|Born||Millicent Mary Lillian Martin
8 June 1934
Romford, Essex, England
|Occupation||Actress, singer and comedienne|
|Spouse(s)||Ronnie Carroll (1959–1965)
Norman Eshley (1969–1973)
Marc Alexander (1978–present)
Millicent Mary Lillian Martin (born 8 June 1934) is an English actress, singer and comedienne, who was the resident singer of topical songs on the weekly BBC Television satire show That Was The Week That Was (1962–63). For her work on Broadway, she received Tony Award nominations for Side by Side by Sondheim (1977) and King of Hearts (1978), both for Best Featured Actress in a Musical. Other television roles include her recurring role as Gertrude Moon in the NBC sitcom Frasier (2000–04).
She made her Broadway debut opposite Julie Andrews in The Boy Friend in 1954. Her additional New York theatre credits include taking over as Dorothy Brock in the original Broadway production of 42nd Street and performing the revue Side by Side by Sondheim with Julia McKenzie and David Kernan, for which she was nominated for the Tony Award for Best Featued Actress in a Musical. She received a second Tony nomination for the musical King of Hearts.
In London, Martin starred with Paul Scofield and James Kenney in Expresso Bongo at the Saville Theatre. In 1959, she had also appeared in The Crooked Mile. Also in West End, she starred opposite Jim Dale in The Card in 1975.
During the early 1960s, Martin became known to British television audiences as the resident singer of topical songs on the original British version of the weekly satire show That Was The Week That Was (1962–63). One of the songs she sang on the show, the John F. Kennedy tribute "In the Summer of His Years", was released as a single and 'bubbled under' the Billboard Hot 100 chart at No 104 in 1963 (but was outcharted by a cover version by Connie Francis, which reached No 46). She has also released recordings in Swedish, such as the 7" single "Om du nånsin skulle ändra dej".
Martin had her own BBC television series between 1964 and 1966, titled Mainly Millicent for the first two series, and shortened to Millicent for the third and final series. In one episode, Martin and guest star Roger Moore performed a comedy skit in which Moore played secret agent James Bond some years before he was cast in the role. In the mid-1960s she guested, alongside Pete Murray and Kenneth Williams, in an edition of Juke Box Jury. She also appeared in the 1966 film Alfie starring Michael Caine.
In 1969, Sir Lew Grade wanted to make a comedy film series, starring Martin, that would appeal to both American and British audiences. He sent six comedy sketches of Martin to producer Sheldon Leonard, who came up with the premise of From a Bird's Eye View. The series was not a success and was cancelled after 16 episodes had been filmed.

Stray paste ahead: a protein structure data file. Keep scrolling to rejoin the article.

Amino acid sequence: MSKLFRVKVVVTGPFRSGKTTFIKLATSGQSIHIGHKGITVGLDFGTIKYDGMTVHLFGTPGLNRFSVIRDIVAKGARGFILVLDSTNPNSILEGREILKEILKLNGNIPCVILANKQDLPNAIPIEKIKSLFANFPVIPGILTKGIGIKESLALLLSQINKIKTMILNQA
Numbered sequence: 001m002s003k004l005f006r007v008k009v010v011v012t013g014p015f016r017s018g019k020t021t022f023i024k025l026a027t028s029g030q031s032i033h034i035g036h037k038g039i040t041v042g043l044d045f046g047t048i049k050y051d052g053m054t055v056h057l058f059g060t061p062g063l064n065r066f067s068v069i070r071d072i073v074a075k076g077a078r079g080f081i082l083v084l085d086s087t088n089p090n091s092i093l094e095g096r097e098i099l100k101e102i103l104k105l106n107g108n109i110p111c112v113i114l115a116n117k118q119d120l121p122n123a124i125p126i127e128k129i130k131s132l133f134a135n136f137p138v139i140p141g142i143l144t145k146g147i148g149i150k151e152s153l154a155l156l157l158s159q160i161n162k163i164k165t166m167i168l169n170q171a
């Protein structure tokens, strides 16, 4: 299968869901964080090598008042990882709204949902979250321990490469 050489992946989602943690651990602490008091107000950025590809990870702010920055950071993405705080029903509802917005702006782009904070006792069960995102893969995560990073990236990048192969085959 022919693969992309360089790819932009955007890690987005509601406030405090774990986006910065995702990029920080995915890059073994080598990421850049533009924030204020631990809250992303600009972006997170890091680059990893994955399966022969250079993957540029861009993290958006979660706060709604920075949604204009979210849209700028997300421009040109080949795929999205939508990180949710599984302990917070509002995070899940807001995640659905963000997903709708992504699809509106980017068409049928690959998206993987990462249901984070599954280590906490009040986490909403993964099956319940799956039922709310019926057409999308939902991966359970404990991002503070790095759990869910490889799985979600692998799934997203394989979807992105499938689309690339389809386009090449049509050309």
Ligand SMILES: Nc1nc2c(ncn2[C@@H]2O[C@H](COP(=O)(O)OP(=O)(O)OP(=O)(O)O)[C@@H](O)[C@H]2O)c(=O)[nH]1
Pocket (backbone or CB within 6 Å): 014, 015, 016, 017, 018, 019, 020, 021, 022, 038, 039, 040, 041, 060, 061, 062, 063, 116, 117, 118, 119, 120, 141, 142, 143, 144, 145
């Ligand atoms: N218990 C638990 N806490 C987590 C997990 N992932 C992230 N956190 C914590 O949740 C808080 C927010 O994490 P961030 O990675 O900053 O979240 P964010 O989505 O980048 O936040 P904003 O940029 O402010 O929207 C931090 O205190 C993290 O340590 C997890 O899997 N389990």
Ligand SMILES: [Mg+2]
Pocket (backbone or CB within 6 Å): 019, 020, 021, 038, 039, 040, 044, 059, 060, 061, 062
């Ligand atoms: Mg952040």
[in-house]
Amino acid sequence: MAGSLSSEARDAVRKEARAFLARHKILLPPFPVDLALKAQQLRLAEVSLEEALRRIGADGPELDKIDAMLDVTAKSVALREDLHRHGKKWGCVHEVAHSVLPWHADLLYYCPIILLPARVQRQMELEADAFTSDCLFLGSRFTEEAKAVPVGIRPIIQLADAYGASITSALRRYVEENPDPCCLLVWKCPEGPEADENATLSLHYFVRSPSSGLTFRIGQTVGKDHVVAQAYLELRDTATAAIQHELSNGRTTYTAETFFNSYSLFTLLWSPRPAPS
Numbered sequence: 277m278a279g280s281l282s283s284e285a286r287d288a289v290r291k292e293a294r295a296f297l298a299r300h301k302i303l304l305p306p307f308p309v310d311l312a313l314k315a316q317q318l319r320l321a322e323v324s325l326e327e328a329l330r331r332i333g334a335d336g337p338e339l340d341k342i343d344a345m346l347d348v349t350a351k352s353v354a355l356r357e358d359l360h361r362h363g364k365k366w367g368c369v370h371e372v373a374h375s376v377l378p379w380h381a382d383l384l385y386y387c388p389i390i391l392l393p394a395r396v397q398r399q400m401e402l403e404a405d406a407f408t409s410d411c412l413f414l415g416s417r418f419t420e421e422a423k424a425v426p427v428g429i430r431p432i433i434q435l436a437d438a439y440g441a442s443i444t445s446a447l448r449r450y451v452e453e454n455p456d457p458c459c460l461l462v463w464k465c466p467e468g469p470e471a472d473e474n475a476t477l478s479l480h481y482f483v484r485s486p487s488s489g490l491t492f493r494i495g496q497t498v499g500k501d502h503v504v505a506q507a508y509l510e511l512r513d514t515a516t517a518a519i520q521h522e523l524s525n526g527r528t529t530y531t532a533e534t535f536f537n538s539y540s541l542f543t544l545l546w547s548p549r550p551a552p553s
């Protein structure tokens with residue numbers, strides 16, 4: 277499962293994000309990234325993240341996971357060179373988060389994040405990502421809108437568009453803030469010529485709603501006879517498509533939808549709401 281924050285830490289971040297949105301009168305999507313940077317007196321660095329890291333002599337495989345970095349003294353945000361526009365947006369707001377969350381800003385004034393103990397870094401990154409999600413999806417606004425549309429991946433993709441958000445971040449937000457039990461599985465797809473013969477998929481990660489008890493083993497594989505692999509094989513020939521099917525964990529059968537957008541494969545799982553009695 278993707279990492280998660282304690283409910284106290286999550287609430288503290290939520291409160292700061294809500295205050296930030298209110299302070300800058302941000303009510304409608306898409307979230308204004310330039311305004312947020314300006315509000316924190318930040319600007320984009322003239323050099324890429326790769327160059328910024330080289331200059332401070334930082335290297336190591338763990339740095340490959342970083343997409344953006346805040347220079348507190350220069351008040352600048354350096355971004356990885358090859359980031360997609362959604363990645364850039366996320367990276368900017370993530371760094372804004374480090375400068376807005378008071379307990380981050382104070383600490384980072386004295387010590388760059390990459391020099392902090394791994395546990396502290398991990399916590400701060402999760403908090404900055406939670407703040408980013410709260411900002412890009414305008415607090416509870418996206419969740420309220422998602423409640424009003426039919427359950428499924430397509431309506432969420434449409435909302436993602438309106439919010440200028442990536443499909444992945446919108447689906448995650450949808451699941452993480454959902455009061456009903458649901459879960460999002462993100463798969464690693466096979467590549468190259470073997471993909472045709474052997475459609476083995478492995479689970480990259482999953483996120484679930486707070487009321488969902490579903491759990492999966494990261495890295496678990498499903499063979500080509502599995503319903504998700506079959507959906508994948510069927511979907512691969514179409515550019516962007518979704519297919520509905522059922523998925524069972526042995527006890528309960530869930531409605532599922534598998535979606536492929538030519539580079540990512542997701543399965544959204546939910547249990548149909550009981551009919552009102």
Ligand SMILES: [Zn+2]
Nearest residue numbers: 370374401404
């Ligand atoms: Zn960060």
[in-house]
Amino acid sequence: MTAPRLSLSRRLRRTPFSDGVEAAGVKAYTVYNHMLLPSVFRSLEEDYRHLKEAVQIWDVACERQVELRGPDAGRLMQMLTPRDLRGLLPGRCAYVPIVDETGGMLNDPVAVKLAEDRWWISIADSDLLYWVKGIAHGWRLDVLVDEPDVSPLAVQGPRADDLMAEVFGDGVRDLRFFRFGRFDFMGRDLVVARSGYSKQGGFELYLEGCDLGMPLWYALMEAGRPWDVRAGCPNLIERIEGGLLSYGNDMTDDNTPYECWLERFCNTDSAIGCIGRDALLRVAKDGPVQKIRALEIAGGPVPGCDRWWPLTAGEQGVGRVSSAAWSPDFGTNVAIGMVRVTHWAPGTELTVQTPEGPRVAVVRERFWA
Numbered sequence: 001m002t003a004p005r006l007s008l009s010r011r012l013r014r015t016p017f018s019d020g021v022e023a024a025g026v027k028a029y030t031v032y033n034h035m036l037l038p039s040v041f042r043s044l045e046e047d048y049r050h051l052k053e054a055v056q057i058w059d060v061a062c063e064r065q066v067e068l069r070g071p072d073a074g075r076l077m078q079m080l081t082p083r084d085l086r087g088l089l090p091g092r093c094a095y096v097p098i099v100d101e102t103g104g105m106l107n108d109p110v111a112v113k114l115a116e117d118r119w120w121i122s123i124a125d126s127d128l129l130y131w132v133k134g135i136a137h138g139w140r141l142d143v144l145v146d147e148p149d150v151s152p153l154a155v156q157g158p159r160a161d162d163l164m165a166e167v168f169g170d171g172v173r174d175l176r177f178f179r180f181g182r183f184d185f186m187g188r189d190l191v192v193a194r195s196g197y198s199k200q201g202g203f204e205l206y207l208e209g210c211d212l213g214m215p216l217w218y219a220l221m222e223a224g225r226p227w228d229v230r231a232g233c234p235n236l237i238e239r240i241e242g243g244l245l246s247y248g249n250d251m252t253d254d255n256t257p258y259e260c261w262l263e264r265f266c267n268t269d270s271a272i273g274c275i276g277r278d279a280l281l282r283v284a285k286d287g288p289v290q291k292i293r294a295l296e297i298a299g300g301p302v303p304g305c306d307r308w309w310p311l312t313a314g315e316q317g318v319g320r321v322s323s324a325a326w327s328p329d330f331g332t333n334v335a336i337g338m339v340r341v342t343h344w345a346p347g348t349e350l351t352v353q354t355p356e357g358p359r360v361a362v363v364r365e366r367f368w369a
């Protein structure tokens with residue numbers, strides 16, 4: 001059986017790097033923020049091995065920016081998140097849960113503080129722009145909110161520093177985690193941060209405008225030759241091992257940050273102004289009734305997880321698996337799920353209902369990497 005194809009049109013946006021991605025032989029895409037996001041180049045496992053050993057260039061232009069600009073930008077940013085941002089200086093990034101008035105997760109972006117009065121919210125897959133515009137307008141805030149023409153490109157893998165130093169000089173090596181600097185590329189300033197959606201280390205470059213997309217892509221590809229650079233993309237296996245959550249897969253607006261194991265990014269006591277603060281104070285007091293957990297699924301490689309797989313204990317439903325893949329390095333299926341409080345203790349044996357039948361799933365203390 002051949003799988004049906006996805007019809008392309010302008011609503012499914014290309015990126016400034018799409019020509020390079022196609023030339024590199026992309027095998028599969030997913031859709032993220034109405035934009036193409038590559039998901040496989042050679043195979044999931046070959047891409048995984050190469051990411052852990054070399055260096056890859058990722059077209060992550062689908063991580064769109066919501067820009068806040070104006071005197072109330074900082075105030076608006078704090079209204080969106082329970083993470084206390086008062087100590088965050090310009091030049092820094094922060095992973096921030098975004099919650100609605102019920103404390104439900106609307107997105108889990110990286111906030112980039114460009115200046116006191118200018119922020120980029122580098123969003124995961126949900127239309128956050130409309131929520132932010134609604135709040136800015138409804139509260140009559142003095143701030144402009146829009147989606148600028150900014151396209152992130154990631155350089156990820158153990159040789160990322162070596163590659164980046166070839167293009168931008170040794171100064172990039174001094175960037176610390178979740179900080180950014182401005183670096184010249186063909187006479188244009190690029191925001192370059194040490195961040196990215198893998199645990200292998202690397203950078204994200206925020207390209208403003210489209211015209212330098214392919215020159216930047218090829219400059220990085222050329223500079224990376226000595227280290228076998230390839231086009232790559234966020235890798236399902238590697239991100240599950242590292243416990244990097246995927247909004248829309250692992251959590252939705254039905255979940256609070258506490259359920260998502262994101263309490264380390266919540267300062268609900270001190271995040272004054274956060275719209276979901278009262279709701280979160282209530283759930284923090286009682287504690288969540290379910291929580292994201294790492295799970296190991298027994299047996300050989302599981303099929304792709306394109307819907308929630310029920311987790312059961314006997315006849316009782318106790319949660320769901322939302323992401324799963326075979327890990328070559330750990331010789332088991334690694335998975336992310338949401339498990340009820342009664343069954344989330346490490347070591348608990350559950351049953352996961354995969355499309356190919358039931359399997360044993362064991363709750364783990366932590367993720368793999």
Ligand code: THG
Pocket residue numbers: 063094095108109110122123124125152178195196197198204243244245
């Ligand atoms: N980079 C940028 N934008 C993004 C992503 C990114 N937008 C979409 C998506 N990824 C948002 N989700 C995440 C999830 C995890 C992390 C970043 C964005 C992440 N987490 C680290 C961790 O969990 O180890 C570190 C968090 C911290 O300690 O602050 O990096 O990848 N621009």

Her later television roles include Gertrude Moon, Daphne Moon's Mancunian mother, in the American sitcom Frasier. She has worked for the Disney Channel, starring in the shows The Suite Life of Zack & Cody, Jonas and in the film Return to Halloweentown. Other performances include guest roles in The Drew Carey Show, Will & Grace and Days of Our Lives. She also had a small role on an episode of Gilmore Girls and a key role in an episode of "Modern Family".
In 2011 she guest-starred opposite her former Frasier daughter, Jane Leeves, in the TV Land series Hot in Cleveland. She has also had an appearance in the fourth season of Chuck as the mother of Hartley Winterbottom, who was given the first Intersect prototype and became Alexei Volkoff; she also guest-starred on an episode of the fourth season of Castle as a theatre critic who wrote a harsh review of a performance given by Castle's mother.
Martin was married to the pop singer Ronnie Carroll from 1958 until 1965, and subsequently to actor Norman Eshley, but both marriages ended in divorce. She has been married to American Marc Alexander since 1978 and is now a permanent resident of the United States.
|1961||Invasion Quartet||Kay||Feature film|
|1962||The Girl on the Boat||Billie Bennett||Feature film|
|1962-1963||That Was The Week That Was||Herself||British TV series|
|1964||Nothing But the Best||Ann Horton||Feature film role|
|1965||Those Magnificent Men in their Flying Machines||Airline Hostess||Feature film role|
|1966||Stop the World – I Want to Get Off||Evie / Anya / Ara||Feature film|
|1970||The Engelbert Humperdinck Show (TV series)||Herself||1 episode|
|1979||Captain Kangaroo (TV series)||Herself||1 episode - Guest star|
|The 33rd Annual Tony Awards||Herself||Nominee: Best Featured Actress in a Musical|
|1985||The 39th Annual Tony Awards||Herself||Presenter: Best Best Direction of a Musical|
|1987||The $10,000 Pyramid||Herself||Guest panelist|
|2000-2003||Frasier||Gertrude Moon||18 episodes|
|2004||The Drew Carey Show||Helen, elderly woman at Thrift Store||in episode "The Passion of the Wick" (Season 9)|
|2005||Mrs. Palfrey at the Claremont||Mrs. DeSalis||Film role|
|2006||Return to Halloweentown||Professor Persimmon Periwinkle||Feature film|
|2013||Modern Family (TV series)||Charlotte||in episode "Goodnight, Gracie"|
|2011-2014||Hot in Cleveland (TV series)||Agnes Bratford||2 episodes|
|2017||Grace & Frankie (TV series)||Joan Margaret||1 episode|
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